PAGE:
City govt spending becomes transparent

Updated: 2011-12-26 08:04

By Zhao Yinan (China Daily)

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Shen Xiangchen, director of the finance bureau who has masterminded the city's decade-long reform, said his initial motive in opening up the books, which in some places are still deemed confidential, was a "showdown" to let the public know that the government was short of money.

City govt spending becomes transparent 

"You can only make full use of the money after you really know how much you have," he said.

Wei Jigang, deputy director of the bureau's accounting center, describes the initial reform as "rainstorming".

After six months of preparation, the city government published a notice on a Friday in March 2000. Over the weekend, it froze the bank accounts of government agencies and took control of the accounting process through the finance bureau.

A thorough investigation into off-books accounting and arbitrary spending found about 200 million yuan in off-the-record income, accounting for one-third of the city's revenues of that year.

The retrieved money was used to pay government employees' delayed wages, subsidize free toilets and gardens and compensate older, unemployed residents.

Following the investigation, the finance bureau established an accounting center to handle all the financial affairs of city government bodies.

The government didn't punish any officials or accountants found to have appropriated public funds to their off-books accounts, said Shen. The decision suggests the move was aimed at securing stability and winning their support of the reform.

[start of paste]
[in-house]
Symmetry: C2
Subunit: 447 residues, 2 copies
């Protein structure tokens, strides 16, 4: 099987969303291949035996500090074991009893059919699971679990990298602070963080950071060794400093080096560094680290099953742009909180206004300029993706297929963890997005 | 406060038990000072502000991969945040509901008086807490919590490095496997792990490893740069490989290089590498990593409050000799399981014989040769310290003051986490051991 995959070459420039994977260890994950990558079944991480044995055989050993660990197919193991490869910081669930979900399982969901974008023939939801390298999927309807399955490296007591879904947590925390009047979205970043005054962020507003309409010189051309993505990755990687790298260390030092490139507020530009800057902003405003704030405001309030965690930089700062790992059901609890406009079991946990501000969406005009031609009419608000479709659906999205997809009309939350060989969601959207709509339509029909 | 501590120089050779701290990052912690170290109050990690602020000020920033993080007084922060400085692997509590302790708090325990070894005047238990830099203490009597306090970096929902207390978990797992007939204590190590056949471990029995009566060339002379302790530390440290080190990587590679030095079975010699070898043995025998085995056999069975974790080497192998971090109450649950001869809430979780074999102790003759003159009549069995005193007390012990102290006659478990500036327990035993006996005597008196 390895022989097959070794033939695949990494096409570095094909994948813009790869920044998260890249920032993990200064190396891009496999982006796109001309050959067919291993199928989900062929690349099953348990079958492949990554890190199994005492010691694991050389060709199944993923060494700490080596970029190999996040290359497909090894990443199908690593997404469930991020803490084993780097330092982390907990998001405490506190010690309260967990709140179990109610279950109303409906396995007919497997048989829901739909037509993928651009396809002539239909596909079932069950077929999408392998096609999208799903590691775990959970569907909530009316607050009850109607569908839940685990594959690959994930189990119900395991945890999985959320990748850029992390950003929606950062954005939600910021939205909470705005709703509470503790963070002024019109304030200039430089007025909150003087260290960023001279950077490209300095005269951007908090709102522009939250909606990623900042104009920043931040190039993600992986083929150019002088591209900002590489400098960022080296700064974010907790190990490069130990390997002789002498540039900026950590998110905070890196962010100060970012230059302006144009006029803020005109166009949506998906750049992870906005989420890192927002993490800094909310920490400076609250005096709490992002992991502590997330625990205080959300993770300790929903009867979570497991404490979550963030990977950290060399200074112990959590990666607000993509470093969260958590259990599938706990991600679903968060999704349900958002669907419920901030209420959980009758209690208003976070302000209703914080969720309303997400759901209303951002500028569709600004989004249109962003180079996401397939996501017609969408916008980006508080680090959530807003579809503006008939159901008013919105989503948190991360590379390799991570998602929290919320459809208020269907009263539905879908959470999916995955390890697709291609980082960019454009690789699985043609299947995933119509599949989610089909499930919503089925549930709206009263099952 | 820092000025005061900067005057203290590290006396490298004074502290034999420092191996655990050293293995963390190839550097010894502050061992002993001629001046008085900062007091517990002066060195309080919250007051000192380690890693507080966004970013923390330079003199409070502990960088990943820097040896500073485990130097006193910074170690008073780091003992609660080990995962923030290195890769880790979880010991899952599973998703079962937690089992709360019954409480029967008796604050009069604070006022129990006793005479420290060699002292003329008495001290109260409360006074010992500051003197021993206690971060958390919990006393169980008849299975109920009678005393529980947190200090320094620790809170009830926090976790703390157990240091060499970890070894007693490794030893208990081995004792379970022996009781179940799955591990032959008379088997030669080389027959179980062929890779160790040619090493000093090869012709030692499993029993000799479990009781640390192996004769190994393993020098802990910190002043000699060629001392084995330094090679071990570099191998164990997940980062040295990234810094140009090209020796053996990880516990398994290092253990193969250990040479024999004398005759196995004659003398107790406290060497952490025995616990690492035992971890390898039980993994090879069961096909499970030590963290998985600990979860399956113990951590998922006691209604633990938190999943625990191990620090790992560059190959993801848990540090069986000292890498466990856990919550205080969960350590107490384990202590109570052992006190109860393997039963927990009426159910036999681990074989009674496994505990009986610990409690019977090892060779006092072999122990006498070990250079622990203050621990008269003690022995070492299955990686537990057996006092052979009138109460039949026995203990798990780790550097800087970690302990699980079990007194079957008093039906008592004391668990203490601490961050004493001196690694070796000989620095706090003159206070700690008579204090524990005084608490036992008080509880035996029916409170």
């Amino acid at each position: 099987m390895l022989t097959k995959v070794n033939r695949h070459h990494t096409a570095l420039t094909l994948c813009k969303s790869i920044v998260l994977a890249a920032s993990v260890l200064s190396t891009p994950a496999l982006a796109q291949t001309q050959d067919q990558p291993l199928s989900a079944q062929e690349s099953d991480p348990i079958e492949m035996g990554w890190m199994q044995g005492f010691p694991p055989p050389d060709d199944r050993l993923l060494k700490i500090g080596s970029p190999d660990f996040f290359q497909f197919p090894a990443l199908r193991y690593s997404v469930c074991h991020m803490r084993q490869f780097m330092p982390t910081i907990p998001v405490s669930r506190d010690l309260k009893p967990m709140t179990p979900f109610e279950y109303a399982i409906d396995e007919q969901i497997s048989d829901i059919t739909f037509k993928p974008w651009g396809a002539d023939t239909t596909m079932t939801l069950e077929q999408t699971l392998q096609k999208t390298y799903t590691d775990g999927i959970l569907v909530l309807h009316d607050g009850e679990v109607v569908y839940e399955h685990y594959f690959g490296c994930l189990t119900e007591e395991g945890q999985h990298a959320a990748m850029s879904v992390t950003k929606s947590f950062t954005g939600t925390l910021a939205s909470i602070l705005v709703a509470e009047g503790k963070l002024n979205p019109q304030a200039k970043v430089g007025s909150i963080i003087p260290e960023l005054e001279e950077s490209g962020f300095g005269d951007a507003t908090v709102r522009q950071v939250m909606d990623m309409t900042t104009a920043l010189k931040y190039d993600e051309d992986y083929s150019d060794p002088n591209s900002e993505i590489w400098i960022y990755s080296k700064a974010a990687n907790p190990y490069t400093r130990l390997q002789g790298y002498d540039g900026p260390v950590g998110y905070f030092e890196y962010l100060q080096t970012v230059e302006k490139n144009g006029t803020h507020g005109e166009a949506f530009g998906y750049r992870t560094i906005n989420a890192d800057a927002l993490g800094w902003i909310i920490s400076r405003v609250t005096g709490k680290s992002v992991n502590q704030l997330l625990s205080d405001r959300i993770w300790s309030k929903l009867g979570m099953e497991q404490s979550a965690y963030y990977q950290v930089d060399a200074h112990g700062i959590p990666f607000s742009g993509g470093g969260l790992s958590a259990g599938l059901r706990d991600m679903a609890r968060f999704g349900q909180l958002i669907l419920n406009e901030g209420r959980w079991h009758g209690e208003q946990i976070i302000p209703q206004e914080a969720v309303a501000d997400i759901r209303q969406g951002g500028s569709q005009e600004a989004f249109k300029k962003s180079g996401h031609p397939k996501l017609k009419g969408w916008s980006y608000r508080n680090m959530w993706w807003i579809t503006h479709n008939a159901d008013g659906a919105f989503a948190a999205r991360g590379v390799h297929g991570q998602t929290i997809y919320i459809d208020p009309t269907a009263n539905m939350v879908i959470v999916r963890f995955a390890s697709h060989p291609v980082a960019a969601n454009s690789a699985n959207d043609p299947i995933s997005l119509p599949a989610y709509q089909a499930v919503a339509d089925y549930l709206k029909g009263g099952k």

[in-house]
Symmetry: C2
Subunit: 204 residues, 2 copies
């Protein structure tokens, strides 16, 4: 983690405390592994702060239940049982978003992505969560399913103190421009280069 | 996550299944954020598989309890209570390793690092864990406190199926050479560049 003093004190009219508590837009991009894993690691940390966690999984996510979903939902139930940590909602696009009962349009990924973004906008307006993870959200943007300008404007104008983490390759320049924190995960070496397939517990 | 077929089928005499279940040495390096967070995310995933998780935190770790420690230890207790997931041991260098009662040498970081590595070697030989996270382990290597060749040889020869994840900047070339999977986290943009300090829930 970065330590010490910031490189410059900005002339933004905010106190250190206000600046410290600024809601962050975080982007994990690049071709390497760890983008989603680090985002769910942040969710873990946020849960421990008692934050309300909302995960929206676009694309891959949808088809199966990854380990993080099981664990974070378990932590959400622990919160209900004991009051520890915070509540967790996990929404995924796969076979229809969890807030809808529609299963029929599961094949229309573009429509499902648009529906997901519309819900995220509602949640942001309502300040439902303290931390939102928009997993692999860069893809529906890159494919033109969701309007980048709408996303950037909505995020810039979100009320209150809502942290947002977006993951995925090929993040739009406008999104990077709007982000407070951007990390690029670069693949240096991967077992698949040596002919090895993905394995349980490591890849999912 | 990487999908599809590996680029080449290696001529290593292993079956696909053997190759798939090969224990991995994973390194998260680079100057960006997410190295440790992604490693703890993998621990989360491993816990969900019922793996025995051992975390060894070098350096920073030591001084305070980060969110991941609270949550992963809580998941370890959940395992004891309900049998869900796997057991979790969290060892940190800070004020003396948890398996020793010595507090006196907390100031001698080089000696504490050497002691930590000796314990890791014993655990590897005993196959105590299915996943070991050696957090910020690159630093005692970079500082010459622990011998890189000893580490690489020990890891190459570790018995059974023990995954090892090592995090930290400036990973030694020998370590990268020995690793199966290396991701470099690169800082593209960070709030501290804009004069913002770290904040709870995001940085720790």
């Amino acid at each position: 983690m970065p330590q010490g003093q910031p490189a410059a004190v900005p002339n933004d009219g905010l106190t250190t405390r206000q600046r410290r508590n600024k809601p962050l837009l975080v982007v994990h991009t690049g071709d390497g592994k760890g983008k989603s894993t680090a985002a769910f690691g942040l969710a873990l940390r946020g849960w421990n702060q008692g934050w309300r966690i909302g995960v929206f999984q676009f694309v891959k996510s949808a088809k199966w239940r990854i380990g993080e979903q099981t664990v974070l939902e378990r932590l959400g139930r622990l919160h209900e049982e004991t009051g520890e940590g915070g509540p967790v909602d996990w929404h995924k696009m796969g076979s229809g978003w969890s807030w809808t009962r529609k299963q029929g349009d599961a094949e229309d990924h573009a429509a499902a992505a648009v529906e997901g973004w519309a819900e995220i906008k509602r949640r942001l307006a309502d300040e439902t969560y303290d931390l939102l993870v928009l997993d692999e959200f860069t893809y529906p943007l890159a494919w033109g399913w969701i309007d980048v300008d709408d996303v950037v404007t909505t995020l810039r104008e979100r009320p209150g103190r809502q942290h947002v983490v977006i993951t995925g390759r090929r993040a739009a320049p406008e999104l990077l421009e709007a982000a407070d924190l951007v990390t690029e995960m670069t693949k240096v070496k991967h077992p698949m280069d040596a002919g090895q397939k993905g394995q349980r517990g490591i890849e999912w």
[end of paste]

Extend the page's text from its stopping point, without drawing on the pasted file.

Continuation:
He said the campaign laid the basis of valid financial information. Without accurate data, subsequent reforms in budgeting and procurement would all be based on inaccurate figures.

Following the accounting reshuffle, Shen's next modification was aimed at the finance bureau itself.

The linear administrative structure that is widely applied in all levels of Chinese government was reorganized into a checks-and-balances system. Four sections - budget planning, execution, supervision and evaluation - were established to restrict one another.

In addition, internal supervision of the development and use of the budget was accompanied by social monitoring, such as public hearings.

Wang Tushan is an expert frequently invited to take part in public hearings by the finance bureau.

During a hearing about whether to install a global positioning system on buses this January, Wang's opposing opinion was adopted.

"I suggested slashing the budget for the system to 1 million yuan, instead of the proposed 5 million, and using the rest of the money to refurnish the buses," the former accountant said.

But progress can be hard.

Recalling the first public hearing in Jiaozuo, Shen said the event ended up a total embarrassment.

"The only person who applied to take part didn't show up on that day."

However, Shen said he retained confidence in the reform.

"It is true that some Western countries do a much better job than we do on this issue," he said. "But they have been fostering civic mindedness for more than 200 years, while we are just getting started," he said.